Having A Genetic Predisposition For Obesity Increases The Risk Of Becoming Depressed
Being obese and having a high BMI is a problem that millions of people deal with. It’s not always easy for these individuals to get the right diet down because of other health problems. And, those that can move, may be so weighed down by depression that they lack the motivation to move.
A joint study conducted by the University of Exeter and the University of South Australia found that this depression that people experience may have a genetic factor.
It is common sense that most people classified as ‘obese’ are also depressed. According to the study, an individual with a high BMI (Body Mass Index) and no other health problem was still just as likely to suffer from depression.
Think about this way: you may not be depressed about your weight, but you are depressed because of your weight.
This data was gathered with the help of 500,000 volunteers between the ages of 37 and 73.
According to Dr. Jess Tyrrell, “Obesity and depression are both global health problems that have a major impact on lives and are costly to health services. We’ve long known there’s a link between the two, yet it’s unclear whether obesity causes depression or vice-versa, and also whether it’s being overweight in itself or the associated health problems that can cause depression. Our robust genetic analysis concludes that the psychological impact of being obese is likely to cause depression. This is important to help target efforts to reduce depression, which makes it much harder for people to adopt healthy lifestyle habits.”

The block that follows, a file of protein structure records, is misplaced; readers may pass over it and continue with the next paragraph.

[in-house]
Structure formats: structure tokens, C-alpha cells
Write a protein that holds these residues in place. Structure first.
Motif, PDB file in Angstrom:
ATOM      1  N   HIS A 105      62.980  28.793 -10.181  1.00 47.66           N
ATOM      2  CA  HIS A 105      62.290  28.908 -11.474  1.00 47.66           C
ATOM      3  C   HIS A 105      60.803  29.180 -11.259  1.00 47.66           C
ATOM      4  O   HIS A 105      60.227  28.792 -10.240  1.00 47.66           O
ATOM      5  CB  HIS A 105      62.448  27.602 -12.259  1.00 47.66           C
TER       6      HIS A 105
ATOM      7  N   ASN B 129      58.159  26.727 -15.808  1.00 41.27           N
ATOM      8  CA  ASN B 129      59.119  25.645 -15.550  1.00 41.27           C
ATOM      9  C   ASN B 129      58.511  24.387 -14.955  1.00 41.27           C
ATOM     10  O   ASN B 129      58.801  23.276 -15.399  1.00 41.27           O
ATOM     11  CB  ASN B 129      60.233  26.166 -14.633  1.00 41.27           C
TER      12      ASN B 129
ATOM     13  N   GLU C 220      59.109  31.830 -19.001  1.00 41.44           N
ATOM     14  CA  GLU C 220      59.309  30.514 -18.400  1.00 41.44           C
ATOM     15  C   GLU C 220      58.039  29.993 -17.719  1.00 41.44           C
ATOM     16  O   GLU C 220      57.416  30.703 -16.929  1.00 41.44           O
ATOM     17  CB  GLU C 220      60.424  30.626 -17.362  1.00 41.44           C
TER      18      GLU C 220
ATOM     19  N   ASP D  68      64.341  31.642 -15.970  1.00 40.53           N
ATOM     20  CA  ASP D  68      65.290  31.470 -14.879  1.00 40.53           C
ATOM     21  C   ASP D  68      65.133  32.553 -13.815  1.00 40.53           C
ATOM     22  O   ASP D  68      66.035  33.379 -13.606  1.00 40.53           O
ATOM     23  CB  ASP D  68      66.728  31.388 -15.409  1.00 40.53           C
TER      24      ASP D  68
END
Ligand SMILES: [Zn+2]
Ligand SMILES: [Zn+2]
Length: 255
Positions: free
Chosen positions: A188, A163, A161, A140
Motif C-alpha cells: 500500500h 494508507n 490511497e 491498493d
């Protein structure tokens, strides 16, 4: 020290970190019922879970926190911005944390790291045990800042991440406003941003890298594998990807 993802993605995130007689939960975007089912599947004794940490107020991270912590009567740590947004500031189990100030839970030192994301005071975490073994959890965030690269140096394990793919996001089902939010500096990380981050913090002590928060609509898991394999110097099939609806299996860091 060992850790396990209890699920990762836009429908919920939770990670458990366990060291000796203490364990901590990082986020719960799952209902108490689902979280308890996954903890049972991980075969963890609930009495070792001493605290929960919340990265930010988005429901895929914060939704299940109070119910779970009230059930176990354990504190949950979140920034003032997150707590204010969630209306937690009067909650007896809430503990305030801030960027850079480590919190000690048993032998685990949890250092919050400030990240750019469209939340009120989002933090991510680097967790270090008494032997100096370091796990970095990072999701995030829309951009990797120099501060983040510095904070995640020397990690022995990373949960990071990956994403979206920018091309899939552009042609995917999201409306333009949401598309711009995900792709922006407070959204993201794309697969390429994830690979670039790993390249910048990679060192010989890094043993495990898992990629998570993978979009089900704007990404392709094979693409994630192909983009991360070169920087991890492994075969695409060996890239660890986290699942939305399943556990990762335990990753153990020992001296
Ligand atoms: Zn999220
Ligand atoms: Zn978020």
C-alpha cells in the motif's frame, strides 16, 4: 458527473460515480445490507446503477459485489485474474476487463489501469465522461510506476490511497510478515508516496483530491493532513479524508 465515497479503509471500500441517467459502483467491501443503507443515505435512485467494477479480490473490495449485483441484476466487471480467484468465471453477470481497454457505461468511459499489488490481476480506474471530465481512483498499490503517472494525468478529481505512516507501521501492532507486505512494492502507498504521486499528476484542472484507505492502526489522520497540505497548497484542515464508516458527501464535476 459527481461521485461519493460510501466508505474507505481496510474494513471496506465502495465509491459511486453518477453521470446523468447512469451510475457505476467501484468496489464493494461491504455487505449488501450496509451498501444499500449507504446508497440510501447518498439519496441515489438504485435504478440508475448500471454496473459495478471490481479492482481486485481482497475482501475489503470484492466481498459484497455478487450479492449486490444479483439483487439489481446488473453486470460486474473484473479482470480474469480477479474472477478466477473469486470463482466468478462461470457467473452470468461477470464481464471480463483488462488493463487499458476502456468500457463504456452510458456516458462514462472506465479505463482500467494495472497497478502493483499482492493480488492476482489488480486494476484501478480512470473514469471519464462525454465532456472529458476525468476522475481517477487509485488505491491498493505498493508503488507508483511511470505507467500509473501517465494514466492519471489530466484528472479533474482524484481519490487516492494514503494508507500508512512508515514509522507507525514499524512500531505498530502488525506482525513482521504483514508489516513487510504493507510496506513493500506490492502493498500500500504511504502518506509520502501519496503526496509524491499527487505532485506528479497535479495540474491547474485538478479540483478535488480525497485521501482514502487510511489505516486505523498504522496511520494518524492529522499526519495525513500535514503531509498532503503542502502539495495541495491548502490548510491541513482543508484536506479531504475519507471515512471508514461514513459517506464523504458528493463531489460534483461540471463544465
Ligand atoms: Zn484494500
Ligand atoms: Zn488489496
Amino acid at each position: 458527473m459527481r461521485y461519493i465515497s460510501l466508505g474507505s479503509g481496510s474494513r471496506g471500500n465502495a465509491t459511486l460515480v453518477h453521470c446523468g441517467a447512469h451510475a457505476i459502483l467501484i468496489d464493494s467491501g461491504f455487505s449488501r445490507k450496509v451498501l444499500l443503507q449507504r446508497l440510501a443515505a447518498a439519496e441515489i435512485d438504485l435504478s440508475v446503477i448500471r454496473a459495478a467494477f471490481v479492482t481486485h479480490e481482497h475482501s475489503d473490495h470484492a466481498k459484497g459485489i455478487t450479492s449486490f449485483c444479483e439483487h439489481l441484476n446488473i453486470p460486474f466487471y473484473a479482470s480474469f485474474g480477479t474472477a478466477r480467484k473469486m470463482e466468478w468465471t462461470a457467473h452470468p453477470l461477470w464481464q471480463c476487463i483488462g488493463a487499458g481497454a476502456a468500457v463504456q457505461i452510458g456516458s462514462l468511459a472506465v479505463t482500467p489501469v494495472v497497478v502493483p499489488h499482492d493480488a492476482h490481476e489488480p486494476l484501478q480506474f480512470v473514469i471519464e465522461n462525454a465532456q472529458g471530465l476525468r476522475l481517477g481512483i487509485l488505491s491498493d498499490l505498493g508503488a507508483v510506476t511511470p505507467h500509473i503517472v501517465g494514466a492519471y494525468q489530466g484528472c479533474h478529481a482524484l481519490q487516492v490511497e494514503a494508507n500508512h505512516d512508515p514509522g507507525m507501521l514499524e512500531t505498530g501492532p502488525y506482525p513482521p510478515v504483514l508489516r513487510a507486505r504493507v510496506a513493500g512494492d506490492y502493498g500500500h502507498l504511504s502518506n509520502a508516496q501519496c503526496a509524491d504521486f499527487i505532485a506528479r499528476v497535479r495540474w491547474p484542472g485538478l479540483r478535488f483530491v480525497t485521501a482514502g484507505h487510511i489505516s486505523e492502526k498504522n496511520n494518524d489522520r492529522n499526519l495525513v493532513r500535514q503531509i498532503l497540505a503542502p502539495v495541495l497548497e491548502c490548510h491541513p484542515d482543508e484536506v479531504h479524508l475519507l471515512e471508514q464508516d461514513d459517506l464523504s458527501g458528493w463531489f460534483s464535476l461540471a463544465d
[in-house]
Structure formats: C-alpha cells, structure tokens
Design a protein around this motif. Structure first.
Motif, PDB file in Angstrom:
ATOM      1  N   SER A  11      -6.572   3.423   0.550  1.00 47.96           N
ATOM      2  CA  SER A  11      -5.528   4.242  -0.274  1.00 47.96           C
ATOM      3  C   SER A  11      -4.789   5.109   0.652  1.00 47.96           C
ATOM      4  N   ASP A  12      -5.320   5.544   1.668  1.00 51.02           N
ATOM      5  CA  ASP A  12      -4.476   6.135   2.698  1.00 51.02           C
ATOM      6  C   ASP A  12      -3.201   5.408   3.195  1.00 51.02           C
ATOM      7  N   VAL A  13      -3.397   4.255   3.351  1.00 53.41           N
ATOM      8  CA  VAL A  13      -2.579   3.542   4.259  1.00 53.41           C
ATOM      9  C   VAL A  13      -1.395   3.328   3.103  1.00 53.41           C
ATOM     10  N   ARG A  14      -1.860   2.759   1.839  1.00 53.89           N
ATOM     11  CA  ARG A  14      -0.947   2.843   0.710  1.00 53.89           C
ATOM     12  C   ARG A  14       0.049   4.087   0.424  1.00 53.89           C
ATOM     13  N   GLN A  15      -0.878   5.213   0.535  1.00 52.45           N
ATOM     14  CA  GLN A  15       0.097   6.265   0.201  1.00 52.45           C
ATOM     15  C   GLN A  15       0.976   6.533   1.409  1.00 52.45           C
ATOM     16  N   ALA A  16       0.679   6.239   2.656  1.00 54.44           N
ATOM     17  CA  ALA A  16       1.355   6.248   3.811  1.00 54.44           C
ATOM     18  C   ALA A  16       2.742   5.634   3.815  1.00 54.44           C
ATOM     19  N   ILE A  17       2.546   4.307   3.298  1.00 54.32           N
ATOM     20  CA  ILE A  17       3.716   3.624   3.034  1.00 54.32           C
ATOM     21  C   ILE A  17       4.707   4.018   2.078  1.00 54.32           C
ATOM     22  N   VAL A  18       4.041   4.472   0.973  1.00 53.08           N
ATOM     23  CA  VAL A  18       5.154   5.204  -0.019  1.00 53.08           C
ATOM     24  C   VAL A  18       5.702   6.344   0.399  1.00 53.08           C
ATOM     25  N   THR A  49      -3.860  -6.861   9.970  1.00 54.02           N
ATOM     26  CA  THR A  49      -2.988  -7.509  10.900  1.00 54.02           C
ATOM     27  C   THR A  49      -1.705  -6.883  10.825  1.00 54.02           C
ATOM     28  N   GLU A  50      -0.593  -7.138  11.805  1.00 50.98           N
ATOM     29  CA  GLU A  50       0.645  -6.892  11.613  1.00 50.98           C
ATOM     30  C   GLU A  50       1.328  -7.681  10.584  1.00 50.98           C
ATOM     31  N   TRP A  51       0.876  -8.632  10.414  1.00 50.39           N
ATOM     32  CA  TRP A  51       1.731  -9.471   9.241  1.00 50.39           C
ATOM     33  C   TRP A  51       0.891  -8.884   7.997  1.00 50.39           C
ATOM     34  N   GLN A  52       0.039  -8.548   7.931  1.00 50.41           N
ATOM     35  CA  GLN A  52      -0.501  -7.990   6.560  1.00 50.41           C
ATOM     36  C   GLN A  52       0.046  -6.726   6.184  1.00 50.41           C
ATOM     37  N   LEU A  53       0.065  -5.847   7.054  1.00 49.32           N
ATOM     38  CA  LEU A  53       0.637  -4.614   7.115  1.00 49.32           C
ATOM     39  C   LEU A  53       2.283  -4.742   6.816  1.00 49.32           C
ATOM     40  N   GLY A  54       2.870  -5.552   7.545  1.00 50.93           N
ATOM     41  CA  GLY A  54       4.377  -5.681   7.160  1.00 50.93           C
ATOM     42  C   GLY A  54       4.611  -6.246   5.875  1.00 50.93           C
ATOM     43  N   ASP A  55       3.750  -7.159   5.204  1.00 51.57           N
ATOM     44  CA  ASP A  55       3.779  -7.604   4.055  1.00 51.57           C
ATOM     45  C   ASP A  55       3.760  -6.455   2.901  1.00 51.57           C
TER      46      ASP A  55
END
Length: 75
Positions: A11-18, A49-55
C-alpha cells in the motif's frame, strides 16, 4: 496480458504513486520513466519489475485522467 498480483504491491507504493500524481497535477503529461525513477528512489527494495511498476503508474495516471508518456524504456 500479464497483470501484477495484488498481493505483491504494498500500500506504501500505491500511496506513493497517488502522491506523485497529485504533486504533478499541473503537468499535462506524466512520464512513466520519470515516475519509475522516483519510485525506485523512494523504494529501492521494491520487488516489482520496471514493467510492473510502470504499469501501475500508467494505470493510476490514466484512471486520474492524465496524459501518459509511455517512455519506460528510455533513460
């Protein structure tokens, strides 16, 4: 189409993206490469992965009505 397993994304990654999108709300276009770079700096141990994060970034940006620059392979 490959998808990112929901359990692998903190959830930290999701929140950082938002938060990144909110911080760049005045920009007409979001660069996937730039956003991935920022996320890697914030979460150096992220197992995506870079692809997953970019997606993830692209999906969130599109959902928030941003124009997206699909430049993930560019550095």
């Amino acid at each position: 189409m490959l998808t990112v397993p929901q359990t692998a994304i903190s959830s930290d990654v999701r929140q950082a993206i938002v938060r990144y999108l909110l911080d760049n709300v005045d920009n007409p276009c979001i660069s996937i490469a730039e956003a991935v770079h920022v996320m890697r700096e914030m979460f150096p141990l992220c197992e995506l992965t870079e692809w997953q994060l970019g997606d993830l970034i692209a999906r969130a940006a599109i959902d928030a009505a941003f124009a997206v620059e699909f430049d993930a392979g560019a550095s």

There are a lot of reasons for why someone may be overweight, some of them genetic and others psychological. Watching what they eat may help some, but what is most important is that they have a support system to help see them through to a less heavy life.